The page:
East Lyme High School students played an instrumental role in planning Sunday's vigil for the victims of the Sandy Hook Elementary School shooting in Newtown, both literally and figuratively.
They provided music, read out the names of the 26 victims who died at the school, and encouraged participants to make snowflakes to help turn the Newtown schools into a winter wonderland when students return in January and to make donations to the Newtown Youth and Family Services Department.
Local students Jake Kalleher, Ted Douglas, and Laura Kastner offered an introduction, along with East Lyme First Selectman Paul Formica, who gave the opening remarks.
Olivia Formica performed a moving rendition of Amazing Grace to start off, followed by Joe Lussier who performed the heart-wrenching "Halleluiah," and Kevin Miao, who sang "One Day You Will."
East Lyme Superintendent of Schools Dr. James Lombardo struggled to control his emotions as he spoke about how difficult the last week of school had been for students and teachers and how proud he was of all of them for the caring they had showed.
"As a father I was devastated by these events," Lombardo said, adding that he was heading from the vigil to pick up his daughter in Hartford. "I'm going to give her the biggest hug I ever did," he said.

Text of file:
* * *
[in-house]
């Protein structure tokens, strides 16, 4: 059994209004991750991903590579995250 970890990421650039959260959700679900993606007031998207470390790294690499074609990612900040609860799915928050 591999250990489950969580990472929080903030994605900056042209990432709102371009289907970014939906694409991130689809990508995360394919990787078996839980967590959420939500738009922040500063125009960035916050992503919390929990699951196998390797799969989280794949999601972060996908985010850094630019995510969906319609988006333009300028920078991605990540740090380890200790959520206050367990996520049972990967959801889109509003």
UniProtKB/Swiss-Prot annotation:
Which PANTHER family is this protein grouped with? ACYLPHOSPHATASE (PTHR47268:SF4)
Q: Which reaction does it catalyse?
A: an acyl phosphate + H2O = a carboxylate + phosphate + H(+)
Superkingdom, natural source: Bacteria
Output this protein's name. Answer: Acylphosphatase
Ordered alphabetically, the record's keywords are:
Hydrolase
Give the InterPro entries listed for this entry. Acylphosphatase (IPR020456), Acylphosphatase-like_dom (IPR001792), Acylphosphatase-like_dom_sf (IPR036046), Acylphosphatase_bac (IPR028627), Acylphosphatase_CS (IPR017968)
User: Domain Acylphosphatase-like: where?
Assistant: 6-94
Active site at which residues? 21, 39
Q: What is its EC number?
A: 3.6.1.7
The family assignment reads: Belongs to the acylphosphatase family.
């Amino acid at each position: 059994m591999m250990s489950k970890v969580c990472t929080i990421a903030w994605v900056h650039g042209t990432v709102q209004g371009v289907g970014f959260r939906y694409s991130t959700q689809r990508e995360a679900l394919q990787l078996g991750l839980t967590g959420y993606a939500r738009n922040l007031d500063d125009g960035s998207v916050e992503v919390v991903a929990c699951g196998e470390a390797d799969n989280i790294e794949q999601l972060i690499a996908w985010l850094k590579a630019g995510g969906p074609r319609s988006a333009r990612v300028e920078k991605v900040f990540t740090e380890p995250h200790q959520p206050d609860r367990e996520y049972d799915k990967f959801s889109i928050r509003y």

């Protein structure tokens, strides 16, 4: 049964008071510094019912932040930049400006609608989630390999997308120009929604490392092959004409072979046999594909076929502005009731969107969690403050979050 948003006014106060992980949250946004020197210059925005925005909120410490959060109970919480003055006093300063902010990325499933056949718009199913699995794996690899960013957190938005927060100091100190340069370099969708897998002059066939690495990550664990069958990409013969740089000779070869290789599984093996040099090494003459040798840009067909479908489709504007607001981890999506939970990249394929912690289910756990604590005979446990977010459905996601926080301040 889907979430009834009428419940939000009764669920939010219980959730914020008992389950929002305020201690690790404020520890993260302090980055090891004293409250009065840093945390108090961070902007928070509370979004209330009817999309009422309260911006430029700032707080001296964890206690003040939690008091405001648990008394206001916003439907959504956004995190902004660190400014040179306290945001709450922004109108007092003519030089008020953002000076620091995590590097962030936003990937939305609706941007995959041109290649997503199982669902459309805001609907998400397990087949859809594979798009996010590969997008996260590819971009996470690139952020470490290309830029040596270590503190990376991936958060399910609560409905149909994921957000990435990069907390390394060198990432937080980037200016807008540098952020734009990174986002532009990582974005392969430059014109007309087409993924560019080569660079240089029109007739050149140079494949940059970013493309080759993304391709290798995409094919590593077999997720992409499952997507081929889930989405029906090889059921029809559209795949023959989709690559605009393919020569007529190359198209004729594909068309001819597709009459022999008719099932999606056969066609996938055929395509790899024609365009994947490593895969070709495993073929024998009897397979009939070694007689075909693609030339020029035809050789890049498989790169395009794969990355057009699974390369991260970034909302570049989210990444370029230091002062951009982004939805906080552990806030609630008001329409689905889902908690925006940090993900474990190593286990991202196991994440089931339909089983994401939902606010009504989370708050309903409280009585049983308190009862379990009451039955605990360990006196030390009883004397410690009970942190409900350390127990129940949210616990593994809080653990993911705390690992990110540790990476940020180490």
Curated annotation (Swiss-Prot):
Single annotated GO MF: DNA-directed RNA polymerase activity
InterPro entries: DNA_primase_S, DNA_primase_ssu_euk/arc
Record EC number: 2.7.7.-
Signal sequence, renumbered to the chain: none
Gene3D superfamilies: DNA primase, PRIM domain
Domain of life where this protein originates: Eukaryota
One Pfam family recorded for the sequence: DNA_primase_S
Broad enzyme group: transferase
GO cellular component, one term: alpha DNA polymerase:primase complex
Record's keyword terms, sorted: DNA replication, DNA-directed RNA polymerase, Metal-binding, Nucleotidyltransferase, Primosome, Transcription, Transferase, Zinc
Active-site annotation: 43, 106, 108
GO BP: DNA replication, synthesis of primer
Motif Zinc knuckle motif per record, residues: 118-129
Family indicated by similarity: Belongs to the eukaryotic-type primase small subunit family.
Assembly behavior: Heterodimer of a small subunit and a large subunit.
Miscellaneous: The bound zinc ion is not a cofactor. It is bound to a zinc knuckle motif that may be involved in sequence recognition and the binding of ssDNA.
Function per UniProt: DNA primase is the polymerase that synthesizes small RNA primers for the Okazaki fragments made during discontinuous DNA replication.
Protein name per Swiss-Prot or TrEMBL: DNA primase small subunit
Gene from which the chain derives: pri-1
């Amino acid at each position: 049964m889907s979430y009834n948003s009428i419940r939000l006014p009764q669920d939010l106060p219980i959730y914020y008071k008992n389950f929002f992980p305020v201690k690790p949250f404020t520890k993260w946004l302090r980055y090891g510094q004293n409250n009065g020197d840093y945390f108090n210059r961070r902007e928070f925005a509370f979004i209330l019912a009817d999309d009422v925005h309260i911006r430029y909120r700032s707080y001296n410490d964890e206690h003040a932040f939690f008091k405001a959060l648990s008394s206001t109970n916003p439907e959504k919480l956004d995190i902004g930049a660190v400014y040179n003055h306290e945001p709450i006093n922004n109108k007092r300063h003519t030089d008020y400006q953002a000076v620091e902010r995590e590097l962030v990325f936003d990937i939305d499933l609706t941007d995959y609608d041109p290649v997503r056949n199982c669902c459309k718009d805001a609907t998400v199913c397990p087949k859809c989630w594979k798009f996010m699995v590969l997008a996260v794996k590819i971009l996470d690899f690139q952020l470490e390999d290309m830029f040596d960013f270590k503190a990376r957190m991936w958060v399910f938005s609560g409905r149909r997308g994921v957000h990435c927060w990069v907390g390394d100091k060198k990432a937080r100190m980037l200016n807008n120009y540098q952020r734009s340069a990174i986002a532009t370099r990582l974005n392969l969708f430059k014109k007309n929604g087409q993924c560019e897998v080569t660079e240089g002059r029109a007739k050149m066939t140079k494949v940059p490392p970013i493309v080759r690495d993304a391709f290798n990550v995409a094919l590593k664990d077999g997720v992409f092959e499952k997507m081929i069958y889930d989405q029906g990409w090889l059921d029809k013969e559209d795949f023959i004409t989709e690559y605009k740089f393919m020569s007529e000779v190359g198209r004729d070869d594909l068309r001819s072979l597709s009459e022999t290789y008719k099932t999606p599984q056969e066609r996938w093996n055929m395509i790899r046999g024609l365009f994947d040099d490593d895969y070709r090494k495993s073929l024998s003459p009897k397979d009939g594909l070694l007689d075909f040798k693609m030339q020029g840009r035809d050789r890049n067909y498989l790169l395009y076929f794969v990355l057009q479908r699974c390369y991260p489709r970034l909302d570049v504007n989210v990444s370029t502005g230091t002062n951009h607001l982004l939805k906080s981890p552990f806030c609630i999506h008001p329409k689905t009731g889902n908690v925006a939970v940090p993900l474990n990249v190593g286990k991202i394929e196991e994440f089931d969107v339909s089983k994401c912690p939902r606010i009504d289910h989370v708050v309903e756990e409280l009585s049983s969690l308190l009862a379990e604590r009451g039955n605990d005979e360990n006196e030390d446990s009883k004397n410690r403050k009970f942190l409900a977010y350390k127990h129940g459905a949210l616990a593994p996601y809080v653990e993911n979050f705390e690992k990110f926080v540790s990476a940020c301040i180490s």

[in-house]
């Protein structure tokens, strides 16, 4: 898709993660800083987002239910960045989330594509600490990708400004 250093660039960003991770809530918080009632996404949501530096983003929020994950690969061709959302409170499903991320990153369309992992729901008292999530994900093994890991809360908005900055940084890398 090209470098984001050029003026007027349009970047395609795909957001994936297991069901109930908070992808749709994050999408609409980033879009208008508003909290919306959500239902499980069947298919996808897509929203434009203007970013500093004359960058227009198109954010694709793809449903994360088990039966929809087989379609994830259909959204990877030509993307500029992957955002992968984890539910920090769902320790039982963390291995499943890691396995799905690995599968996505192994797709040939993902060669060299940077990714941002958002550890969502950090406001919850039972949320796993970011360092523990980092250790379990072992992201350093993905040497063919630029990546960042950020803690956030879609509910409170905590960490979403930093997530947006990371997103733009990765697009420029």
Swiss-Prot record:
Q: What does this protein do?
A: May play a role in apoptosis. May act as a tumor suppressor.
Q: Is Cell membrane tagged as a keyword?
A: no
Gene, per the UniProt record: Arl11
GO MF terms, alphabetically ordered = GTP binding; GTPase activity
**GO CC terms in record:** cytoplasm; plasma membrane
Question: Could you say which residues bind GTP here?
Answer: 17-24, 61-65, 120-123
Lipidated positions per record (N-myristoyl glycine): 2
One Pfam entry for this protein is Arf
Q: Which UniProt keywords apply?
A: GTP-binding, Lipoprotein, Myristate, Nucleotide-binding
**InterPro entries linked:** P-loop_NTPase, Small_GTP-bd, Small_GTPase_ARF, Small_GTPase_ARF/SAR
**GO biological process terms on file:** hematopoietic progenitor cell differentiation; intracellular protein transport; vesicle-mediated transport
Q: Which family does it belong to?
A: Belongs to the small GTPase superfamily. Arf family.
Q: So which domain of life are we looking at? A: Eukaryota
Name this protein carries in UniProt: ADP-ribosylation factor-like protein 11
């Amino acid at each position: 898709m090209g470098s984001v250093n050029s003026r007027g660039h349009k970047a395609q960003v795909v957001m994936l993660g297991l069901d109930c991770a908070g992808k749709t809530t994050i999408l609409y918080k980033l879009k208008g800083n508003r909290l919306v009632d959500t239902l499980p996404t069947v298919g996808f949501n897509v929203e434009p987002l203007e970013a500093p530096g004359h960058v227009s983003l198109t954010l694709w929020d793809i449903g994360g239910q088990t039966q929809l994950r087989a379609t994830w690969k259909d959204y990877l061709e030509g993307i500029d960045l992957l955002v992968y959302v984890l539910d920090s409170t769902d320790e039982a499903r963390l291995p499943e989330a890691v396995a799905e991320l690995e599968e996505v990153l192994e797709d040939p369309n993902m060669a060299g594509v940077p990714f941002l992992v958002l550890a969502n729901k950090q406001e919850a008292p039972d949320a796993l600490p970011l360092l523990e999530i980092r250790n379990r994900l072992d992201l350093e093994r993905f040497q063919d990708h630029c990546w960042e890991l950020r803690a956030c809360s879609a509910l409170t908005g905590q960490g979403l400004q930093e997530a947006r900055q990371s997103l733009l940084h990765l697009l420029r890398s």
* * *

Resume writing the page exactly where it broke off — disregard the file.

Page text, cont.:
America, he noted "should not be a place where we live in fear. I don't know what the answer is but we better figure it out soon."
As many speakers, including Paul Formica and State Rep. Ed Jutila noted, this tragedy could just have easily happened here.
"It could have been our children, our grandchildren," said Joyce Harris of the VFW Ladies Auxiliary. "Our thoughts and prayers go out to all the families."
The event included prayers from Pastor Jill Harvey of Niantic Baptist Church, Father Gregory Mullaney of St. Agnes Church, and Rev. John Nelson of Niantic Community Church, who offered a prayer for peace.
"Hatred cannot drive out hatred, only love can. Violence cannot drive out violence, only peace can. Darkness cannot drive out darkness, only light can," he said.
If there were any dry eyes, that changed when Jake Kalleher gave the final reading of the evening. It was a recitation of "The Field Trip," a poem written anonymously in remembrance of the tragedy.
The Field Trip
Please don’t cry, we’re okay.
We went on a field trip today.
A secret place where there’s fun to be had.
And the principal’s with us, so we won’t be bad.
It’s full of toys and rainbow slides.
Cotton candy and high cloud rides.
A funny zoo full of different things.
I even saw a man with wings.
We’re not alone so don’t you fear.
We’re chaperoned by Jesus here.
It’s really nice so I think I’ll stay.
And hold your spot til your field trip day.
I know Christmas is here and there’s toys to be given.
So please tell Santa that I’m here in heaven.